“What’s in a name? That which we call a rose
By any other name would smell as sweet.” ~Romeo and Juliet
In these lines from Shakespeare’s famous play, Juliet is trying to persuade Romeo that the bitter feud between their respective families doesn’t matter, that he and his surname are easily divisible, and so they can be together.
While she speaks truthfully of her own love, in questioning the power of names she is intentionally dissembling. Clearly they do matter, a very great deal, as the tragic ending of Romeo and Juliet bears out.
In fact we are so sensitive to what things are called and the unconscious associations these generate, that our performance in a variety of arenas may be marred by something as seemingly insignificant as our own initials.
To test whether initials can really scupper our best intentions, psychologists Leif Nelson and Joseph Simmons went on a hunt through baseball records, grade point averages and law school admissions—even carrying out their own experiment—to search for evidence.
Publishing their results in Psychological Science, Nelson and Simmons (2007) unearthed some suggestive findings:
- Baseball. Strikeouts are recorded with the letter K in baseball (for the sports impaired: a strikeout is a bad thing for a batter). Nelson and Simmons found that across 90 years of professional baseball, players whose names—whether first or last—began with a K have been slightly more likely to strikeout than anyone else.
- Academic performance. Nelson and Simmons then looked at MBA applicants over 15 years to a large US university. They hypothesised that people whose names began with C or D would find these grades less aversive and so strive less hard to avoid them. And that’s what they found: applicants whose first or last name began with a C or D had lower GPAs. It was only a small effect, but significant across 14,000 applicants.
- Law school. The same pattern was seen in law schools: lawyers with initials of A or B were found to have attended better law schools than those with initials of C or D.
These are all correlations, though, which might be explained in all sorts of different ways. To give us evidence that initials have a causative role in performance what we really need is an experiment.
Nelson and Simmons, therefore, gave 284 participants the chance to win a prize in an anagram competition. The way the prizes were labelled was manipulated so that sometimes they coincided with the participants’ initials, and sometimes not.
The experimenters predicted that participants would be unconsciously drawn towards the lesser, consolation prize, if one of their initials coincided with the prize’s label. Consequently they would complete fewer anagrams.
Surprisingly this is exactly what they found: people completed less anagrams (on average 1 fewer) when the consolation prize happened to be labelled with the first letter of their own name. In effect, because of a simple alphabetical association, participants tried to fail.
Theorists argue there is a kind of implicit egoism at work. We unconsciously prefer our own names because they are associated with ourselves and most people like themselves. That this effect isn’t down to a kind of novelty-seeking is borne out by the fact that people are choosing worse outcomes. The vast majority of people wouldn’t consciously choose to get a ‘D’, go to a poor law school, or only win the consolation prize.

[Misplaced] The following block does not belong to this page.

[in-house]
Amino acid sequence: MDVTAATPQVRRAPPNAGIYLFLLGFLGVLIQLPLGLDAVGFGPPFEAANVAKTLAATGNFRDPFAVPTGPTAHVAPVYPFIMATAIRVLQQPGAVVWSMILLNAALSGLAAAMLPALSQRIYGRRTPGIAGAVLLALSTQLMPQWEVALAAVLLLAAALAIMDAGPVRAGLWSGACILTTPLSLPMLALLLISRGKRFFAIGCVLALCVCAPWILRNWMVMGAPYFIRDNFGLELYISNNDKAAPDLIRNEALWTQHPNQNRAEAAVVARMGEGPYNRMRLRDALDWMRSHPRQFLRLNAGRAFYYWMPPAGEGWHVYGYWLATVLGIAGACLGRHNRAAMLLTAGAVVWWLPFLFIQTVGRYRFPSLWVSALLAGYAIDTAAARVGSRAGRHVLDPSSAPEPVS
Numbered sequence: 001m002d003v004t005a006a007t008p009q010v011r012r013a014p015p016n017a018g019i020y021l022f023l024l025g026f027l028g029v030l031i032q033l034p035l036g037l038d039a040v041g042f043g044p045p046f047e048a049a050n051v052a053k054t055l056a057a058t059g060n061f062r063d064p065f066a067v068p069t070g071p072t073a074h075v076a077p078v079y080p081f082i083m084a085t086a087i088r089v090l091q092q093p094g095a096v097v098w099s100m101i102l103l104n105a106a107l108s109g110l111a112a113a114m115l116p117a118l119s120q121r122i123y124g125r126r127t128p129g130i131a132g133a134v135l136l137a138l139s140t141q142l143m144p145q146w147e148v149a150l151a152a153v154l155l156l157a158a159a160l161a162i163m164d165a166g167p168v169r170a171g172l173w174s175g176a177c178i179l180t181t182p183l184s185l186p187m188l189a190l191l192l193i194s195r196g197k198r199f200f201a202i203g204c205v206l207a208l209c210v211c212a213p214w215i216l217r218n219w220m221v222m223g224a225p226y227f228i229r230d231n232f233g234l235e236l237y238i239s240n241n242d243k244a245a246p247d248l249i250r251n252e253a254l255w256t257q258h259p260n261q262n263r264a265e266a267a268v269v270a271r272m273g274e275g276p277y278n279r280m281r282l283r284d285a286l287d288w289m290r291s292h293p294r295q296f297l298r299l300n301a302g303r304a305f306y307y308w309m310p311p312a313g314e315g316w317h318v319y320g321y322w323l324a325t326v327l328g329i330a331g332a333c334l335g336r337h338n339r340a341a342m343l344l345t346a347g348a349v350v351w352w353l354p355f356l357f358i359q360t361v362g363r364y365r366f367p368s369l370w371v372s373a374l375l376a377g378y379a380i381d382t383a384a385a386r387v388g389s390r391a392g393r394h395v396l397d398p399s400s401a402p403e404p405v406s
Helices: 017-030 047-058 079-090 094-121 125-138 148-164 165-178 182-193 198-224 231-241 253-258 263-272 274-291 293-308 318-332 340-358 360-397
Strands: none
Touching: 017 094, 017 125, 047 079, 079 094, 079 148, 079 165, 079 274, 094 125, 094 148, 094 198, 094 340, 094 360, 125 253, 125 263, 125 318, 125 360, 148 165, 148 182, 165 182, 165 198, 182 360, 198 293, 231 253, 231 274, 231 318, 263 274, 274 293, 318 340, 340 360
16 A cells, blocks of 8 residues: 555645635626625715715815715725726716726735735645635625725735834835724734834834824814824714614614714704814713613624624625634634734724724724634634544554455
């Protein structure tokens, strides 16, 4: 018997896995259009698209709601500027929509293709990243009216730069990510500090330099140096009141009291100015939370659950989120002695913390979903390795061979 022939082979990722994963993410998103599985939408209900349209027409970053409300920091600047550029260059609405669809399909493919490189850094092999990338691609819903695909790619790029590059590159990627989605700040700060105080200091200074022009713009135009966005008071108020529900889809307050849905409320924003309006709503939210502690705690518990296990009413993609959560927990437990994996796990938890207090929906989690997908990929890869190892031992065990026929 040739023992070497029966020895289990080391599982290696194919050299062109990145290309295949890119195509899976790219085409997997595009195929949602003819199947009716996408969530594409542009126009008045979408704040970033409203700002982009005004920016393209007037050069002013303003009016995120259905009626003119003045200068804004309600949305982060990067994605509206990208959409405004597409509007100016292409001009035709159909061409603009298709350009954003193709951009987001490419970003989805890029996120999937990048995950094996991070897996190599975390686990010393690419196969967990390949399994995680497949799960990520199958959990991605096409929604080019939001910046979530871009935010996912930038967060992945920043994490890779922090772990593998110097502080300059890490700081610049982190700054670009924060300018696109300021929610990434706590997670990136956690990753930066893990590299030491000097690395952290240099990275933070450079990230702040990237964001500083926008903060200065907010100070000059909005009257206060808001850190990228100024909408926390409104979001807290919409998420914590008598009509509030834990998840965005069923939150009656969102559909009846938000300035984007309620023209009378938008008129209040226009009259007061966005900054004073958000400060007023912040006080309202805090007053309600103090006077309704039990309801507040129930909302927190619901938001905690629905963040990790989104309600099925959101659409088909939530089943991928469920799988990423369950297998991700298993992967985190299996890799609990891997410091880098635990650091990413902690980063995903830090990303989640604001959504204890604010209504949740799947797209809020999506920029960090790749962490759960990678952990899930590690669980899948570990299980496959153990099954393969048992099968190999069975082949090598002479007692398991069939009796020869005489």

This effect may well have a small but measurable influence in all sorts of situations. One that has been investigated recently is the association between people’s initials and their tendency to work for companies that start with the same letter.
Anseel and Duyck (2008) obtained a database containing one-third of all private sector employees in Belgium, over half a million names, then they looked at their employers’ names. They found as predicted that people were more likely to work for companies with initials matching their own, especially if their initials and the company’s were unusual such as Q or Y.
Implicit egotism could well be working both ways here: not only are employees more likely to apply for jobs with companies with the same initial but employers prefer applicants that share their organisation’s initial letter.
What’s in an initial?
About the author
Psychologist, Jeremy Dean, PhD is the founder and author of PsyBlog. He holds a doctorate in psychology from University College London and two other advanced degrees in psychology.
He has been writing about scientific research on PsyBlog since 2004. He is also the author of the book “Making Habits, Breaking Habits” (Da Capo, 2003) and several ebooks:
- Accept Yourself: How to feel a profound sense of warmth and self-compassion
- The Anxiety Plan: 42 Strategies For Worry, Phobias, OCD and Panic
- Spark: 17 Steps That Will Boost Your Motivation For Anything
- Activate: How To Find Joy Again By Changing What You Do
So the answer to Juliet’s question, “What’s in a name?” is: quite a lot. This research suggests there’s more than we might imagine in only an initial. Perhaps Juliet, if she’d lived longer than her 13 years, would have been well advised to change her family name of ‘Capulet’ to something more aspirational to help her application for that MBA or to get her into a decent Italian law school.